Whether you call him the epitome of the Greatest Generation or the man who would not give up, former Durango Mayor Frederick V. Kroeger, who died Saturday at 97, left a legacy for generations of Southwest Coloradans to come.
The most visible parts of that legacy? Lake Nighthorse, Kroeger Hall and the Community Concert Hall at Fort Lewis College and the business he founded in 1967, Kroegers Ace Hardware, an expansion of his family’s Farmers Supply that dates back to 1921.
“When I was growing up as a kid, everybody knew Fred,” said Steve Short, chairman of the board of First National Bank of Durango and a trustee for FLC. “Loyal community members always shopped at his store. My earliest memories are of how active he was with 4-H, always supporting the livestock auction. I’m quite sure he purchased a few of my animals.”
Kroeger may be best known for his persistence, a trait he displayed in every cause he supported. He served on the boards of First National Bank for 50 years; La Plata Electric Association from 1977 to 1990; the Durango Water Commission for more than 60 years; the Southwest Water Conservation District for 55 years, 33 as chairman; and Colorado Water Conservation for 21 years.
“He had a huge talent for leadership and was always positive and forward-looking,” Short said, “He never gave up. When I think about all the support, rallying and lobbying he did for the (Animas-La Plata Project) ... he wasn’t going to stop until he saw it through.”
Water conservation and storage were key issues for Kroeger most of his life, in part because of his family’s connection to the agricultural sector through Farmers Supply and in part because extended family members lived in southwest La Plata County, where water is scarce. Kroeger made countless trips to Washington, D.C., and Denver to lobby federal and state agencies on behalf of Southwest Colorado.
“What more can I say? He’s one of the great figures in Colorado water history,” said former Colorado Supreme Court Justice Greg Hobbs, who told the Herald in 2009 he’d been inspired by his Southern Colorado counterparts while serving as the counsel for the Northern Colorado Water Conservancy District.
Kroeger was born to Frederick W. and Sabrina Venard Kroeger on Feb. 24, 1918, in Durango. He graduated from Durango High School in 1936 and attended the Old Fort Lewis College in Hesperus. While at FLC, he met Eleanor Towne. They both continued their education at Colorado Agricultural & Mechanical University, now Colorado State University, graduating in 1940. The couple married in Durango the summer after graduation.
During World War II, Kroeger was a member of the Army Air Corps, teaching mechanics to work on B-17s. He was stationed primarily in Biloxi, Mississippi.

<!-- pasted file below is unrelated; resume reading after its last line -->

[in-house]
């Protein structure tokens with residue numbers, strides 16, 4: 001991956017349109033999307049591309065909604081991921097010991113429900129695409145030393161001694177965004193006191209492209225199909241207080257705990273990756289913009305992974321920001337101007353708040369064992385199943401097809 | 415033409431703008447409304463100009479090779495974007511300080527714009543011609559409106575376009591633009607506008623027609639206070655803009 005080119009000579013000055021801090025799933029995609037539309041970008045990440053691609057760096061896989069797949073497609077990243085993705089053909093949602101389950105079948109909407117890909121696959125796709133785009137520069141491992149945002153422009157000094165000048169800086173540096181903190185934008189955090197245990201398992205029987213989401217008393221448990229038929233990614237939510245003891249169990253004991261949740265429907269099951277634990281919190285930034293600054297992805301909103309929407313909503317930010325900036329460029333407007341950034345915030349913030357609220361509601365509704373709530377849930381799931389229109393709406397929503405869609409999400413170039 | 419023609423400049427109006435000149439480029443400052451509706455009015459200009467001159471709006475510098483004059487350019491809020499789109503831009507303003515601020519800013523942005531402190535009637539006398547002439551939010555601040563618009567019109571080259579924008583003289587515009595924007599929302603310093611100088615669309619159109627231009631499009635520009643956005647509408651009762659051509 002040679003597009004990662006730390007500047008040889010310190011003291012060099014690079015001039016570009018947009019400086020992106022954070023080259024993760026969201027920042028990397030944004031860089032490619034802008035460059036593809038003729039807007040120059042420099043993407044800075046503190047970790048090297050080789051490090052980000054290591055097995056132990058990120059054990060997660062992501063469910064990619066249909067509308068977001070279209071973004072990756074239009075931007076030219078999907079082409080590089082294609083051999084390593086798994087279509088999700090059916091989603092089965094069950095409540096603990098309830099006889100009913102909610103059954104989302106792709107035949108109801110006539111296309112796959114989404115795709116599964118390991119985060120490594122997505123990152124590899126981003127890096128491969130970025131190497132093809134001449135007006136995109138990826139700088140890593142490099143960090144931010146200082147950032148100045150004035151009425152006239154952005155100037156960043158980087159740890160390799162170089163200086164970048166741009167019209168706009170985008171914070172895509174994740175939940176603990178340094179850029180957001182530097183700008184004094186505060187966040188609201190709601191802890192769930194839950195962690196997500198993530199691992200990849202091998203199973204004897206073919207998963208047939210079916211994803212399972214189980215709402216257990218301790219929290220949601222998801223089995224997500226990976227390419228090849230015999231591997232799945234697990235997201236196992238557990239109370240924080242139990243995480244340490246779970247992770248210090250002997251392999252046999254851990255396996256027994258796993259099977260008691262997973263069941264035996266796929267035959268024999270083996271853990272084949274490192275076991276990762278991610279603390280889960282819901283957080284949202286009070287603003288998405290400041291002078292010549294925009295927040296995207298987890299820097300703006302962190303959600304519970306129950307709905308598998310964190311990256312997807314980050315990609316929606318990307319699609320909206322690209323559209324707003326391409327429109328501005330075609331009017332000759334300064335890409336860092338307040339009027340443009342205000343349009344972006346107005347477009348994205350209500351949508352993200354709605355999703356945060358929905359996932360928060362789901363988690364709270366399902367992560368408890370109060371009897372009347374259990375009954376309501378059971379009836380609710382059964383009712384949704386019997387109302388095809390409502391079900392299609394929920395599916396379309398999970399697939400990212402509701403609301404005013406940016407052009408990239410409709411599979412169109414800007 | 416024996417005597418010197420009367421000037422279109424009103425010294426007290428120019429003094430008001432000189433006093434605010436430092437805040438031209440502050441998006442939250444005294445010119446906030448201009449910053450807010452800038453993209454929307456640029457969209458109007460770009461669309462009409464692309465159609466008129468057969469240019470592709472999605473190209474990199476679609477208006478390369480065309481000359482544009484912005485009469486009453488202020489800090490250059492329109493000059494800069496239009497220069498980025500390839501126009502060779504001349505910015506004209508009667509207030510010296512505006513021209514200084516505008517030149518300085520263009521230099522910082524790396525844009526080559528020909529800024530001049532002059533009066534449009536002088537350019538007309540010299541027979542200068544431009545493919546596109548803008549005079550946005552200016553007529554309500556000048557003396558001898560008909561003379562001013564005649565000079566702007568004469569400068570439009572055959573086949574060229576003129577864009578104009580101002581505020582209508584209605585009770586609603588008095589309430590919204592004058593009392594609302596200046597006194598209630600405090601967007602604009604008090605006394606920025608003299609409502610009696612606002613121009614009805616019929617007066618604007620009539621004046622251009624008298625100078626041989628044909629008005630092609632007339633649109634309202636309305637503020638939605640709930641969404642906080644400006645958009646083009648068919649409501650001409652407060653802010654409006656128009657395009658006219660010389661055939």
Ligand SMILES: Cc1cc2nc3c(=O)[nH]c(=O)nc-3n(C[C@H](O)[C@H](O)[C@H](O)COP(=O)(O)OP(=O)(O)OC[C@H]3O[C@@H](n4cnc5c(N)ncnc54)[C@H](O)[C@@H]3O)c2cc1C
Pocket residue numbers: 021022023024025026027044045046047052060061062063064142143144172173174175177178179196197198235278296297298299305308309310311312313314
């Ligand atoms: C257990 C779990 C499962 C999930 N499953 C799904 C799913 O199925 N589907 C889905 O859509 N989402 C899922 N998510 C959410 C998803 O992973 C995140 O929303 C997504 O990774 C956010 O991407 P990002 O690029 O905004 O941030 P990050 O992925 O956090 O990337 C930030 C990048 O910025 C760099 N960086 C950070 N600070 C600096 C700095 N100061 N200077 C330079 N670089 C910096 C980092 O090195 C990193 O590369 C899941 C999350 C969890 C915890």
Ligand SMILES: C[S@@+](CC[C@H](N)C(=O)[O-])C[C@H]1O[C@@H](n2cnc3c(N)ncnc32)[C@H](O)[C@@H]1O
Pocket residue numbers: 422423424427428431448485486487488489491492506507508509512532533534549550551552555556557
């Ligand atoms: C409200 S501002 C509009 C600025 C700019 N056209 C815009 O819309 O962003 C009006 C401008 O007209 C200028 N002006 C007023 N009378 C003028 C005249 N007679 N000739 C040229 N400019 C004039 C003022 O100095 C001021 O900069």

Kroeger was also a founding member of the FLC Foundation and its Old Fort Lewis Endowment. He served on the foundation’s board for decades, and was a key player in the fundraising effort to build the concert hall, said Sheri Rochford Figgs, the executive director of the foundation at the time.
“He was so committed. We would meet at 6:30 a.m.,” Figgs said, “He recruited me to Kiwanis, and I have never worked as hard as I did on those Pancake Days.”
Many people remember his devotion to his wife, Eleanor, who struggled with Alzheimer’s disease for 12 years, and Kroeger’s care of his son, Stanley, who died at 37 from muscular dystrophy. When his wife needed more care than he and her caregivers could provide at home, he hired two caregivers to take care of her at Four Corners Health Care Center in addition to the staff on duty.
“I would walk into Kiwanis, and he would say so politely, ‘I’m going to have to end this conversation, Sheri, because I must go and kiss my bride,’” Figgs said.
Kroeger earned numerous awards and honors during his life, including receiving the Community Heritage Award from the La Plata County Historical Society in 2008; being named grand marshal of the 74th Fiesta Days Parade; and being named a Hometown Hero by the Kiwanis Club of Durango in 2010. He had been a stalwart member of Kiwanis since 1948.
His greatest honor, his family said, was being elected to the Board of Governors of the National Hardware Retail Association in 1966, serving for 13 years, including one year as president.
“He was from that Greatest Generation, and he did everything with the highest integrity and ethics,” Figgs said. “I admired all of them so much – Fred Kroeger, Robert Beers, Morley (Ballantine) – because if they said they were going to do something, they did it, and they did it with gusto and enthusiasm.”